REVIEW: Out of Order (Southbank Centre) ★★★★
October 26, 2019  //  By:   //  Plays, Reviews  //  Comments are off

A large, well-lit stage: 10 chairs, 1 large table. 6 clowns, dressed identically in checked suits, stroll in and take a seat, staring at one another. Silence. Then, jovial music begins to play, and lyrics about “starting a fight” echo throughout the theatre. It wouldn’t be right to ruin what happens next – but the words ‘eruption’ and ‘chaos’ probably do it justice.

Indeed, what looks like utterly joyous, improvised mayhem is in fact very tightly rehearsed and structured – a long series of scene repetitions with meticulously executed, subtle differences between each one. This performance has the potential to invoke a variety of reactions in its audience – some might absolutely love it, others might wander out of the theatre thinking of all the things they could have been doing for 90 minutes instead. The enjoyment of a unique piece of work such as this – a piece that harbours on the edge of surrealism and doesn’t follow a conventional plot-line – is best enjoyed with an open mind and a desire to explore a less standard theatrical piece.

The clown personality is characterised here as a complex one. Unlike in standard theatre, we are not given carved-out personalities existing within set story arcs. Our clowns are voiceless, communicating mainly via eruptions of expressive movement: throwing themselves on the floor, jumping high, experimenting with speed and shapes. Their faces are painted in white, black and red in a lazy, haphazard fashion that gradually becomes messier as the actors tumble around and sweat heavily, so that they appear utterly wild with distress. They aren’t asking for our pity or our laughter, or for us to like them – they just ‘are’. They execute their activities in a monotonous, resigned way, as if accepting that they are perpetually stuck in in this odd, never-ending cycle of filling time without much purpose.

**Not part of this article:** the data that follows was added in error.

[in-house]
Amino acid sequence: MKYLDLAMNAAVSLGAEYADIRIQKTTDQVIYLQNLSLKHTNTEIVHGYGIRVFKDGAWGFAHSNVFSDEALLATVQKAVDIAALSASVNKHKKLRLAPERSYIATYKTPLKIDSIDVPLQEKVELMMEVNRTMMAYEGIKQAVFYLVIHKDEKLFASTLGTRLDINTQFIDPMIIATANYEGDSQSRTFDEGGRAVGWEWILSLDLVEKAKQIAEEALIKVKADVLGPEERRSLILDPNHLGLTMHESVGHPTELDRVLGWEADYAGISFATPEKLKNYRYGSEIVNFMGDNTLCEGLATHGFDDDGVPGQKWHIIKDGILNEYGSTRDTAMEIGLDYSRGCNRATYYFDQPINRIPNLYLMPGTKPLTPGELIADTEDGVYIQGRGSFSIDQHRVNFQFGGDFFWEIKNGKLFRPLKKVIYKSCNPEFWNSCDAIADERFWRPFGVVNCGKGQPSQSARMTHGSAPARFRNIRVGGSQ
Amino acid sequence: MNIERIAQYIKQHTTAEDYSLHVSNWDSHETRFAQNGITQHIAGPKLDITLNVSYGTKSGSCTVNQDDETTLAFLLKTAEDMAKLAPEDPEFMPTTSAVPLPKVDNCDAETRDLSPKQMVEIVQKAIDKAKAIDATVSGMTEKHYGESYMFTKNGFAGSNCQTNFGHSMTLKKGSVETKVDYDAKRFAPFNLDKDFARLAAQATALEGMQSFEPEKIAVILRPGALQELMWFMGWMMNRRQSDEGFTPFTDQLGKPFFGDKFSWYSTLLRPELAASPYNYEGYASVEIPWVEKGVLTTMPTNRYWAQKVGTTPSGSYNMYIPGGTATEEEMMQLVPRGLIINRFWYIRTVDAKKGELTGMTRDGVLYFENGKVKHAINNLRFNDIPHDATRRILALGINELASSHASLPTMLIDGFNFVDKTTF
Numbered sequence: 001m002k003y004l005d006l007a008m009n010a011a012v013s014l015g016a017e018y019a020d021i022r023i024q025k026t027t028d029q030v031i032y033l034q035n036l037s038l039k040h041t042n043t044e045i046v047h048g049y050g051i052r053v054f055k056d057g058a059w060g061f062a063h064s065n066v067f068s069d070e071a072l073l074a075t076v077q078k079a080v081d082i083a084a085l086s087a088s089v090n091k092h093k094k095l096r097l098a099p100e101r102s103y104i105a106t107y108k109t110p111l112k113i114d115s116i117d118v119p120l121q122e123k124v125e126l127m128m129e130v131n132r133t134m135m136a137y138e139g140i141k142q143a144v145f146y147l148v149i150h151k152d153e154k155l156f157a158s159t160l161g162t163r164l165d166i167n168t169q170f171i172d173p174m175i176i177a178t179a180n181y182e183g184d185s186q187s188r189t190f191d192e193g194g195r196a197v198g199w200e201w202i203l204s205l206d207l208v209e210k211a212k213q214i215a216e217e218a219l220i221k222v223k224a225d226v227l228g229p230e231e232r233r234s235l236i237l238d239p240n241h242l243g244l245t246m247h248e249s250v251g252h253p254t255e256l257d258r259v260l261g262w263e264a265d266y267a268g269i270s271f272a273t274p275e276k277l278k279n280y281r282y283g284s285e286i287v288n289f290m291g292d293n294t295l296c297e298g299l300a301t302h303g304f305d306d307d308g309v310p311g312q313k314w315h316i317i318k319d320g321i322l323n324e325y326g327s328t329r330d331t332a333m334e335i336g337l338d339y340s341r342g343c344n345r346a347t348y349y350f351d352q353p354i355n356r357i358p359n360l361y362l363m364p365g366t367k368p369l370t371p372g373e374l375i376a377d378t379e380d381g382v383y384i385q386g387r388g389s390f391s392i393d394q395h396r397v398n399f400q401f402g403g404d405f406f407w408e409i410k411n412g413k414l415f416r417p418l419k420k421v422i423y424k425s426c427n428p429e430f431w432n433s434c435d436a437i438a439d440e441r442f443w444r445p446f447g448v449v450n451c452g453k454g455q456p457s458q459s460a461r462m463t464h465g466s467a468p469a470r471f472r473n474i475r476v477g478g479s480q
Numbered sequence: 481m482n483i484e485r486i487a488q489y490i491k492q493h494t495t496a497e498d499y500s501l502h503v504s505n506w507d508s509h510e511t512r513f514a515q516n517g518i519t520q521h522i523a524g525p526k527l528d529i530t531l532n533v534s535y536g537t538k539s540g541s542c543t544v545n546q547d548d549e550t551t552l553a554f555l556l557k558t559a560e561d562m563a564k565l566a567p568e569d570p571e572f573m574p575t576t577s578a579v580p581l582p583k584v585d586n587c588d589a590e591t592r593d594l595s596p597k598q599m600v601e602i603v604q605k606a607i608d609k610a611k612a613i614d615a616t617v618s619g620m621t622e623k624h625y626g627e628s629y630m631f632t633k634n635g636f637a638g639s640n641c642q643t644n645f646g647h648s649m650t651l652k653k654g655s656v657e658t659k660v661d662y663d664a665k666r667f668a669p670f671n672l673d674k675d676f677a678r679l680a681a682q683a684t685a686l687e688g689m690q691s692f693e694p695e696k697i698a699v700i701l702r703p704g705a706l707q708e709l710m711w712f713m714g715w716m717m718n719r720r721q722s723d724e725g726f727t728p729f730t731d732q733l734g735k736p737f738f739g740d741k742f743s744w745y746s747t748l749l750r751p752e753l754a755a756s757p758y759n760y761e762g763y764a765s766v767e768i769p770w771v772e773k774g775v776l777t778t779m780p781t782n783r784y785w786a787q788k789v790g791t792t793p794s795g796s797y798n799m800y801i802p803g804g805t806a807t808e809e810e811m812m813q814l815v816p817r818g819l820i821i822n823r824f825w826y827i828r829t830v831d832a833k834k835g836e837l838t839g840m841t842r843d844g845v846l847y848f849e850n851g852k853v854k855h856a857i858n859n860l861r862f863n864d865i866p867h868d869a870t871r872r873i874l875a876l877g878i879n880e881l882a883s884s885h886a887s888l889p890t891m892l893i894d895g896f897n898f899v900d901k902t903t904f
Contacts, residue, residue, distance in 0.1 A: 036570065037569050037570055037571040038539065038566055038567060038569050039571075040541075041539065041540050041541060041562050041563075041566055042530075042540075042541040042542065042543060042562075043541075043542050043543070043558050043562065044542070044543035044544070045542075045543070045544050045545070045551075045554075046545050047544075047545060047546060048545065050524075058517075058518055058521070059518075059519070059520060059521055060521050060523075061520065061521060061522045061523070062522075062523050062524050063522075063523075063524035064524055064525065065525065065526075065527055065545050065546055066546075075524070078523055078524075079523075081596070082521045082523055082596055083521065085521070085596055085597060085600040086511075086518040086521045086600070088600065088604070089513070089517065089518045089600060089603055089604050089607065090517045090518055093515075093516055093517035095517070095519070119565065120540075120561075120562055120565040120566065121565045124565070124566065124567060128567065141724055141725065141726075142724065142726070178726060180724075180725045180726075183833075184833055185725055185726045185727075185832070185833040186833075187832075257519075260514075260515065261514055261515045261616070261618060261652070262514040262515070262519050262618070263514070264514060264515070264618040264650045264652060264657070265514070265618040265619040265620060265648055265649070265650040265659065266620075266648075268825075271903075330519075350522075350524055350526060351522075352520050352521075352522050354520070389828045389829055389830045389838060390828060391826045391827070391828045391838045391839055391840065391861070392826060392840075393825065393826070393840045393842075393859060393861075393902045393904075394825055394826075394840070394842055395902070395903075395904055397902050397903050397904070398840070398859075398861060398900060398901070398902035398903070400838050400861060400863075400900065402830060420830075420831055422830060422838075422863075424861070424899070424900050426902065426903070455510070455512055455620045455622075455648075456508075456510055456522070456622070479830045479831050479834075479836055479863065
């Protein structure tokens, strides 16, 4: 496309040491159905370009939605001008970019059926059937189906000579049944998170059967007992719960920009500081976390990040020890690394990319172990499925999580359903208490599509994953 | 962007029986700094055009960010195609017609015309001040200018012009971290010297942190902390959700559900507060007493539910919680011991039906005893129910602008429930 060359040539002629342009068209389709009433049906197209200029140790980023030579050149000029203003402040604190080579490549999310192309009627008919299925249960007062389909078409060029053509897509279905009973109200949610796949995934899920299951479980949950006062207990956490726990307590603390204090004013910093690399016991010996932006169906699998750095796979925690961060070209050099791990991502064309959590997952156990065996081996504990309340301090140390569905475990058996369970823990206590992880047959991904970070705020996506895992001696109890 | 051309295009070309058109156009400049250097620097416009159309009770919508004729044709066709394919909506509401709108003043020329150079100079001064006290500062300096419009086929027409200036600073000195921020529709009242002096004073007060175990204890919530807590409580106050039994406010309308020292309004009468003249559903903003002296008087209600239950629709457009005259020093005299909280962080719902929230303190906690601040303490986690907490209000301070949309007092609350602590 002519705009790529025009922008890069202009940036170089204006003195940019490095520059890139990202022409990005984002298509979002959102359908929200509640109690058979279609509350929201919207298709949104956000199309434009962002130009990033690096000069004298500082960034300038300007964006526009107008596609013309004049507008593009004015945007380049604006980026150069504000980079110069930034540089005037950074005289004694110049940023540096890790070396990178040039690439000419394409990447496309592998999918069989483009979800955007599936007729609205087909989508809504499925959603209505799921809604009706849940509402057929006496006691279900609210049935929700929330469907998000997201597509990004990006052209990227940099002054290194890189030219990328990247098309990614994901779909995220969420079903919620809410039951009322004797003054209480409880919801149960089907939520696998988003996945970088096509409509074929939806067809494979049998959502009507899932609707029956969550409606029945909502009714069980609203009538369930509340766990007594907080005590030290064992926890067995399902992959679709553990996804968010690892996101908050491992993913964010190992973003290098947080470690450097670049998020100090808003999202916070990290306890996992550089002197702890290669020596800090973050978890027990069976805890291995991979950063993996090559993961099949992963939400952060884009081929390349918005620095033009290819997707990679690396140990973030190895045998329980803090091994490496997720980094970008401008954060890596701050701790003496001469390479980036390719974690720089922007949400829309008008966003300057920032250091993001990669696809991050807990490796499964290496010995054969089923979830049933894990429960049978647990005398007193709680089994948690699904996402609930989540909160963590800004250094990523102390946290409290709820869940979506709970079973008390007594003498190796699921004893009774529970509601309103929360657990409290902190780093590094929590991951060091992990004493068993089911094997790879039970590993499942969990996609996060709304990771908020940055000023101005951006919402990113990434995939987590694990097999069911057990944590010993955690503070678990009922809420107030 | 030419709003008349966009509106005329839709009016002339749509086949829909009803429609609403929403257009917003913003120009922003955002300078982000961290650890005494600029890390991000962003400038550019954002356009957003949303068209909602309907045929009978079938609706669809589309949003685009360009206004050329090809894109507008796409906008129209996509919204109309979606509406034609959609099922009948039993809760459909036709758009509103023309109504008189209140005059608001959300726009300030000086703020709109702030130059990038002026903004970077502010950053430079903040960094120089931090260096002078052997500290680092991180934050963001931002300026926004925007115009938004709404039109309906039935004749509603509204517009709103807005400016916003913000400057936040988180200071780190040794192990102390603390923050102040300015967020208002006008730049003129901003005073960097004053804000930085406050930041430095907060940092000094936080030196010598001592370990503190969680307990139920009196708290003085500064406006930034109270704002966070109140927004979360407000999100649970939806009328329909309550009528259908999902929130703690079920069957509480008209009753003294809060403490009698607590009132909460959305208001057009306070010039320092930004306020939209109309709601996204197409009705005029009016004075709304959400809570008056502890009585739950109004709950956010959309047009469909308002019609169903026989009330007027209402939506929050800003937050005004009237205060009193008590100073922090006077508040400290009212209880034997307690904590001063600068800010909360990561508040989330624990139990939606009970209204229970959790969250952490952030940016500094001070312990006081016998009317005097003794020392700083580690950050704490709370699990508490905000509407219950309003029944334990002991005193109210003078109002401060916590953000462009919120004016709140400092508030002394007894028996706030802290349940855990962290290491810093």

It wasn’t clear at first, but the audience is invited into this sense of timelessness by being forced to be patient with the clowns. For minutes upon minutes we would be waiting for something to happen, as a clown paces silently around the stage, unremarkable and calm. By virtue of waiting, we become glued to the clowns’ bodies, and therefore very involved. I felt a wash of excitement and – and at times, adrenaline – when the stage suddenly exploded with action, or a subtle but very amusing action would occur, as we were almost being ‘rewarded’ for waiting.

Tension and anticipation are hard to build within the minds of a modern audience – we live on the desire for instant gratification, spoilt by shows and movies that set out to thrill at every turn. Out of Order pushes patience to its limits, and whist I’m unsure of whether they press it a little too far at times and cause irritation in its audience, in seconds they redeem themselves with some subtle action that fills the room with laughter. This is a study on the modern live audience: how hungry are we to find out what’s going to happen next? How long will we wait for it?

Delightfully ridiculous, pleasingly pointless and annoyingly enthralling – Forced Entertainment have created a show that will stay with you for days afterwards. It may be because you’re haunted by the smeared, intriguing faces of the clowns, or because you can’t get that first damn song out of your head after hearing it ten times. Or, it could be that you are pondering the ways in which its aimless events have actually made you think – how similar or dissimilar we all are to these clowns, living lives of monotony and routine, bickering over small things, wandering around confused and unfulfilled – and whether the clowns are really as unfortunate as we think them to be.

Out of Order is a truly unique piece of theatre that will warm your heart for its bold, harmless absurdity.

Reviewed by Laura Evans
Photo: Hugo Glendinning

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